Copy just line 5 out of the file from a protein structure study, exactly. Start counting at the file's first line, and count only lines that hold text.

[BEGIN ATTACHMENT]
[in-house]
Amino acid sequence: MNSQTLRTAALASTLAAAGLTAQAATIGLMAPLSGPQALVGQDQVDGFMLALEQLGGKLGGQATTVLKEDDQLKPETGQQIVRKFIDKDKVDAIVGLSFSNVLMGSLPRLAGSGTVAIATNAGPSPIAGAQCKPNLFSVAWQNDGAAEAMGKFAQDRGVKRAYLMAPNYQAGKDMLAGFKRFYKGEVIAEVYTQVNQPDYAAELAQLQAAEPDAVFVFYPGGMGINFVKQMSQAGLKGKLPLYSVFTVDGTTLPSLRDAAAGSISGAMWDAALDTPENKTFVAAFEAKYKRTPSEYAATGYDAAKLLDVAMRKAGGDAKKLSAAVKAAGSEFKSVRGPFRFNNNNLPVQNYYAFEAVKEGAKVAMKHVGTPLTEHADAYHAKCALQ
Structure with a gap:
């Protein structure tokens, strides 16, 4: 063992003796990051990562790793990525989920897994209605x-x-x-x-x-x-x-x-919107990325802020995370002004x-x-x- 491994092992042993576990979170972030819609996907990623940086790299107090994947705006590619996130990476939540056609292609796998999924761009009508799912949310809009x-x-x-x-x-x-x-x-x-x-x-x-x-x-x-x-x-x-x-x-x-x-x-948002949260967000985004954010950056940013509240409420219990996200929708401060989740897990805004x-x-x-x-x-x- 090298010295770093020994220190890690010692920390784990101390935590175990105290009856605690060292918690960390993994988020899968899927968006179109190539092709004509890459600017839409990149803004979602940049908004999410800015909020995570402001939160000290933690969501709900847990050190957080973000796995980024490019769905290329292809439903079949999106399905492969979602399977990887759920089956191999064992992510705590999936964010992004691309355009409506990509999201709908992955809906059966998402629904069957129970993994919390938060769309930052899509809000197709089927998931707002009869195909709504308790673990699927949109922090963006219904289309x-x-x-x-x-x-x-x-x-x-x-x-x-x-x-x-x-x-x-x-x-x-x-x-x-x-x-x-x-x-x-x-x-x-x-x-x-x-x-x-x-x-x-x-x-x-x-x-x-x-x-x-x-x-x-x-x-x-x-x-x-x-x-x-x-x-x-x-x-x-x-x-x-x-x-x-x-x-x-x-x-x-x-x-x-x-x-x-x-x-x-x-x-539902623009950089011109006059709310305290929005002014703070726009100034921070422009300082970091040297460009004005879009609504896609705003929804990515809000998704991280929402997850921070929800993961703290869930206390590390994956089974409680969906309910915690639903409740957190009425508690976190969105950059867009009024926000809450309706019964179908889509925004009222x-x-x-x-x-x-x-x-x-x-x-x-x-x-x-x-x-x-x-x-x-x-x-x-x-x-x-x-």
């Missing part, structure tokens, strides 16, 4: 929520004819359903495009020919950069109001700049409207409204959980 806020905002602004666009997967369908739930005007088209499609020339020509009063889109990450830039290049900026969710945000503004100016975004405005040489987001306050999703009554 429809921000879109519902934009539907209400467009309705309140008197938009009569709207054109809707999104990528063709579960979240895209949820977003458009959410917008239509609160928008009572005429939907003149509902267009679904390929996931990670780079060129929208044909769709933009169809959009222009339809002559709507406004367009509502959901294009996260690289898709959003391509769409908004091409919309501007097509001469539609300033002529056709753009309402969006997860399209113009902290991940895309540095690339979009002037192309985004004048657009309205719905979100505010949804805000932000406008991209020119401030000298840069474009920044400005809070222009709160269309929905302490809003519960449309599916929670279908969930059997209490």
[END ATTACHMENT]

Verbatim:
């Missing part, structure tokens, strides 16, 4: 929520004819359903495009020919950069109001700049409207409204959980 806020905002602004666009997967369908739930005007088209499609020339020509009063889109990450830039290049900026969710945000503004100016975004405005040489987001306050999703009554 429809921000879109519902934009539907209400467009309705309140008197938009009569709207054109809707999104990528063709579960979240895209949820977003458009959410917008239509609160928008009572005429939907003149509902267009679904390929996931990670780079060129929208044909769709933009169809959009222009339809002559709507406004367009509502959901294009996260690289898709959003391509769409908004091409919309501007097509001469539609300033002529056709753009309402969006997860399209113009902290991940895309540095690339979009002037192309985004004048657009309205719905979100505010949804805000932000406008991209020119401030000298840069474009920044400005809070222009709160269309929905302490809003519960449309599916929670279908969930059997209490």